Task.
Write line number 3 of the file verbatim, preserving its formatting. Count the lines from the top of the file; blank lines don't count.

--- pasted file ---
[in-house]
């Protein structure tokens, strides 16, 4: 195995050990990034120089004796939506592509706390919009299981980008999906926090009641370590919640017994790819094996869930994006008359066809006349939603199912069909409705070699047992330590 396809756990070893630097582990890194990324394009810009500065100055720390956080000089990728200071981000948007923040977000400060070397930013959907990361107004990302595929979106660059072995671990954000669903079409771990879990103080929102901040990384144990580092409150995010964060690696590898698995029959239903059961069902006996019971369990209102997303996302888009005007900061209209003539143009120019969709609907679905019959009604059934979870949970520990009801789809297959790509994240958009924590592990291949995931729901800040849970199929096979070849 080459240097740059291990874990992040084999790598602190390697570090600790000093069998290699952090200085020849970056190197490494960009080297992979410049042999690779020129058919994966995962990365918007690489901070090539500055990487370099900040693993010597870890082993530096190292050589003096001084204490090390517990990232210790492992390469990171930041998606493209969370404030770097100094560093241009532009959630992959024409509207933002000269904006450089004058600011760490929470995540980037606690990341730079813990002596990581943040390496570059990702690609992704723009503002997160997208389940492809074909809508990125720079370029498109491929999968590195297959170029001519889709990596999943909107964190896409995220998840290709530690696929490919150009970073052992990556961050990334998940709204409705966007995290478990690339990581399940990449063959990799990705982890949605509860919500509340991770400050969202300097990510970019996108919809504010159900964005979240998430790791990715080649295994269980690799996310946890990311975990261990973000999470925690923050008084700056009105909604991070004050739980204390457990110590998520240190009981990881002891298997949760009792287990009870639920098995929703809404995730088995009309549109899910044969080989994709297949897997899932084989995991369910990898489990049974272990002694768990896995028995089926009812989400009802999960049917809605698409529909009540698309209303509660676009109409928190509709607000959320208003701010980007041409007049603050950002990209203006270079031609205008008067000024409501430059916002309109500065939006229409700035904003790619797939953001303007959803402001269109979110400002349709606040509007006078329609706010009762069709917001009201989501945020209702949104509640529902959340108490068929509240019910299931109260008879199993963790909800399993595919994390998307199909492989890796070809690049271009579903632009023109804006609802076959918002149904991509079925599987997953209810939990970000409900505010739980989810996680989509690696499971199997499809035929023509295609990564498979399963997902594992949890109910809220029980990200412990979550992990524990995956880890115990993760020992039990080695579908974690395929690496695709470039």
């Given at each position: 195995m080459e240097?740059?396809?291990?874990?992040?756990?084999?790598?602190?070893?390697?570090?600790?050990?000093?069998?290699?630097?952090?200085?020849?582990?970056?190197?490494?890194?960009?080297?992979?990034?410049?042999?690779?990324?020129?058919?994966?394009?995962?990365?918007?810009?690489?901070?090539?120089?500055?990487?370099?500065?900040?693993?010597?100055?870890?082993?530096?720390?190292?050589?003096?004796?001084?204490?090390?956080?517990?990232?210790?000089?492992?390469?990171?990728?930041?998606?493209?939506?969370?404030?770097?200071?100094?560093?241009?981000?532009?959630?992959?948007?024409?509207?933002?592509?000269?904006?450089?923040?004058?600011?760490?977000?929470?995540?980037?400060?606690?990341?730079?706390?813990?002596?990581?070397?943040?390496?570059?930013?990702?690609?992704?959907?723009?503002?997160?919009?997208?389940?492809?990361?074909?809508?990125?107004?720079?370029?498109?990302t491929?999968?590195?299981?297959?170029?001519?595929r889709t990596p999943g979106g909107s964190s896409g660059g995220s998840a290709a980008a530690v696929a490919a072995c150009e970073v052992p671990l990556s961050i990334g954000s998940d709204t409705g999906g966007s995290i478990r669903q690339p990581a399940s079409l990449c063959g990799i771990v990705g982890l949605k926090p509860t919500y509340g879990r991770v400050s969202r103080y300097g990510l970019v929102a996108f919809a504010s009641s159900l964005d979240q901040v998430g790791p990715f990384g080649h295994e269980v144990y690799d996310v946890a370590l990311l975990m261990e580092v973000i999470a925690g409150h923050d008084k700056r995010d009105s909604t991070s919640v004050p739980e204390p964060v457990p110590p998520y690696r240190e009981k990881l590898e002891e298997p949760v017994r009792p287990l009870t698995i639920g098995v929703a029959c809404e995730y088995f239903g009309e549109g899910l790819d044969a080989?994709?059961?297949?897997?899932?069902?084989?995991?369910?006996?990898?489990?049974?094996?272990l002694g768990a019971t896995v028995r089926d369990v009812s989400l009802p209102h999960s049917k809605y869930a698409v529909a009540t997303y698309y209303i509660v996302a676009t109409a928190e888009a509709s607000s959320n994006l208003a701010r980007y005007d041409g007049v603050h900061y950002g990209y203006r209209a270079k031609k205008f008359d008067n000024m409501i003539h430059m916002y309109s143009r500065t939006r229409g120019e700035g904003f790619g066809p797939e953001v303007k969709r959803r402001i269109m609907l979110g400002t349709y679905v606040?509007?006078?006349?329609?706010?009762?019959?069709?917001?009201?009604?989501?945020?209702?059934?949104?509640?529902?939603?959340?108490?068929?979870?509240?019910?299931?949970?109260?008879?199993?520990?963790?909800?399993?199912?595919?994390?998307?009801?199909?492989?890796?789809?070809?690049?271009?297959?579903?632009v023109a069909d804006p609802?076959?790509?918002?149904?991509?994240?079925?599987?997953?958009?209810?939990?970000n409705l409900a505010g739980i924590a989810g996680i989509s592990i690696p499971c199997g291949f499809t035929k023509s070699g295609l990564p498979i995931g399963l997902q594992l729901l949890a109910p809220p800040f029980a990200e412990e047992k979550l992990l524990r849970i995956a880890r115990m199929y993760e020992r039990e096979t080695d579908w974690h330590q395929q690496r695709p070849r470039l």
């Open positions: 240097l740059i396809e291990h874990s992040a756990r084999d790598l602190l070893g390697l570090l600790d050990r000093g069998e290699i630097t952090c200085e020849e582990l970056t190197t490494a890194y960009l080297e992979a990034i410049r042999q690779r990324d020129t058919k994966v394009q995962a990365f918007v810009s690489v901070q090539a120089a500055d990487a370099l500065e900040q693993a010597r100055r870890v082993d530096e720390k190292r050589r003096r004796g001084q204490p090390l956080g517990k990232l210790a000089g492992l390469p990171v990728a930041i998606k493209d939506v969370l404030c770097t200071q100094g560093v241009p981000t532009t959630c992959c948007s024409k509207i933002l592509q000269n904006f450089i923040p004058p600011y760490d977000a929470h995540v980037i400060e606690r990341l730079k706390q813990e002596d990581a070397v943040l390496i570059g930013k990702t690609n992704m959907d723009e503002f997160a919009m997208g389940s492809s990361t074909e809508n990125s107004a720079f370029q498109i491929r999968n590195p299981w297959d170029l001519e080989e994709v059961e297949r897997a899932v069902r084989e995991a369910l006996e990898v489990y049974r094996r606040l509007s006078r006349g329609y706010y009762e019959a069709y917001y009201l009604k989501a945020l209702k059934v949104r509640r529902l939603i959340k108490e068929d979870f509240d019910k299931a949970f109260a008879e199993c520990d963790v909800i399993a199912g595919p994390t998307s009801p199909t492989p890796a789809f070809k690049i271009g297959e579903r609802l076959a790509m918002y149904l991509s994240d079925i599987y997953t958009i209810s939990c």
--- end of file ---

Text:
């Given at each position: 195995m080459e240097?740059?396809?291990?874990?992040?756990?084999?790598?602190?070893?390697?570090?600790?050990?000093?069998?290699?630097?952090?200085?020849?582990?970056?190197?490494?890194?960009?080297?992979?990034?410049?042999?690779?990324?020129?058919?994966?394009?995962?990365?918007?810009?690489?901070?090539?120089?500055?990487?370099?500065?900040?693993?010597?100055?870890?082993?530096?720390?190292?050589?003096?004796?001084?204490?090390?956080?517990?990232?210790?000089?492992?390469?990171?990728?930041?998606?493209?939506?969370?404030?770097?200071?100094?560093?241009?981000?532009?959630?992959?948007?024409?509207?933002?592509?000269?904006?450089?923040?004058?600011?760490?977000?929470?995540?980037?400060?606690?990341?730079?706390?813990?002596?990581?070397?943040?390496?570059?930013?990702?690609?992704?959907?723009?503002?997160?919009?997208?389940?492809?990361?074909?809508?990125?107004?720079?370029?498109?990302t491929?999968?590195?299981?297959?170029?001519?595929r889709t990596p999943g979106g909107s964190s896409g660059g995220s998840a290709a980008a530690v696929a490919a072995c150009e970073v052992p671990l990556s961050i990334g954000s998940d709204t409705g999906g966007s995290i478990r669903q690339p990581a399940s079409l990449c063959g990799i771990v990705g982890l949605k926090p509860t919500y509340g879990r991770v400050s969202r103080y300097g990510l970019v929102a996108f919809a504010s009641s159900l964005d979240q901040v998430g790791p990715f990384g080649h295994e269980v144990y690799d996310v946890a370590l990311l975990m261990e580092v973000i999470a925690g409150h923050d008084k700056r995010d009105s909604t991070s919640v004050p739980e204390p964060v457990p110590p998520y690696r240190e009981k990881l590898e002891e298997p949760v017994r009792p287990l009870t698995i639920g098995v929703a029959c809404e995730y088995f239903g009309e549109g899910l790819d044969a080989?994709?059961?297949?897997?899932?069902?084989?995991?369910?006996?990898?489990?049974?094996?272990l002694g768990a019971t896995v028995r089926d369990v009812s989400l009802p209102h999960s049917k809605y869930a698409v529909a009540t997303y698309y209303i509660v996302a676009t109409a928190e888009a509709s607000s959320n994006l208003a701010r980007y005007d041409g007049v603050h900061y950002g990209y203006r209209a270079k031609k205008f008359d008067n000024m409501i003539h430059m916002y309109s143009r500065t939006r229409g120019e700035g904003f790619g066809p797939e953001v303007k969709r959803r402001i269109m609907l979110g400002t349709y679905v606040?509007?006078?006349?329609?706010?009762?019959?069709?917001?009201?009604?989501?945020?209702?059934?949104?509640?529902?939603?959340?108490?068929?979870?509240?019910?299931?949970?109260?008879?199993?520990?963790?909800?399993?199912?595919?994390?998307?009801?199909?492989?890796?789809?070809?690049?271009?297959?579903?632009v023109a069909d804006p609802?076959?790509?918002?149904?991509?994240?079925?599987?997953?958009?209810?939990?970000n409705l409900a505010g739980i924590a989810g996680i989509s592990i690696p499971c199997g291949f499809t035929k023509s070699g295609l990564p498979i995931g399963l997902q594992l729901l949890a109910p809220p800040f029980a990200e412990e047992k979550l992990l524990r849970i995956a880890r115990m199929y993760e020992r039990e096979t080695d579908w974690h330590q395929q690496r695709p070849r470039l």